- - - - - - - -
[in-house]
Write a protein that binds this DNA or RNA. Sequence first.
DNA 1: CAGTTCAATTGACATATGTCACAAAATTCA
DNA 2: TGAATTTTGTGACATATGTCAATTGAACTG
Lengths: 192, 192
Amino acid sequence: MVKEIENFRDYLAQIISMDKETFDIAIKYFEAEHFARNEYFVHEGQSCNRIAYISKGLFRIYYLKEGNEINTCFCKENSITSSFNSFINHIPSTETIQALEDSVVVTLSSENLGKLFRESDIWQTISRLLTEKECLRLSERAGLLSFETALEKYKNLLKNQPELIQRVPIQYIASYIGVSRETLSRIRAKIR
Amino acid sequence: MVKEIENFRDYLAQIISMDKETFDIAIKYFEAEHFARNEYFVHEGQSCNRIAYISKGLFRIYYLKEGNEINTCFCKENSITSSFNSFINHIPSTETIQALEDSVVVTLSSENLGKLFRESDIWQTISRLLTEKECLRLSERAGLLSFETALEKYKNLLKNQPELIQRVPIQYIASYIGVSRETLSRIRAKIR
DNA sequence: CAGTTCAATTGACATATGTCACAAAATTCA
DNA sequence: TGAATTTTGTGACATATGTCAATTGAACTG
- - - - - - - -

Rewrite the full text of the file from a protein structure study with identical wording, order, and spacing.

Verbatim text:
[in-house]
Write a protein that binds this DNA or RNA. Sequence first.
DNA 1: CAGTTCAATTGACATATGTCACAAAATTCA
DNA 2: TGAATTTTGTGACATATGTCAATTGAACTG
Lengths: 192, 192
Amino acid sequence: MVKEIENFRDYLAQIISMDKETFDIAIKYFEAEHFARNEYFVHEGQSCNRIAYISKGLFRIYYLKEGNEINTCFCKENSITSSFNSFINHIPSTETIQALEDSVVVTLSSENLGKLFRESDIWQTISRLLTEKECLRLSERAGLLSFETALEKYKNLLKNQPELIQRVPIQYIASYIGVSRETLSRIRAKIR
Amino acid sequence: MVKEIENFRDYLAQIISMDKETFDIAIKYFEAEHFARNEYFVHEGQSCNRIAYISKGLFRIYYLKEGNEINTCFCKENSITSSFNSFINHIPSTETIQALEDSVVVTLSSENLGKLFRESDIWQTISRLLTEKECLRLSERAGLLSFETALEKYKNLLKNQPELIQRVPIQYIASYIGVSRETLSRIRAKIR
DNA sequence: CAGTTCAATTGACATATGTCACAAAATTCA
DNA sequence: TGAATTTTGTGACATATGTCAATTGAACTG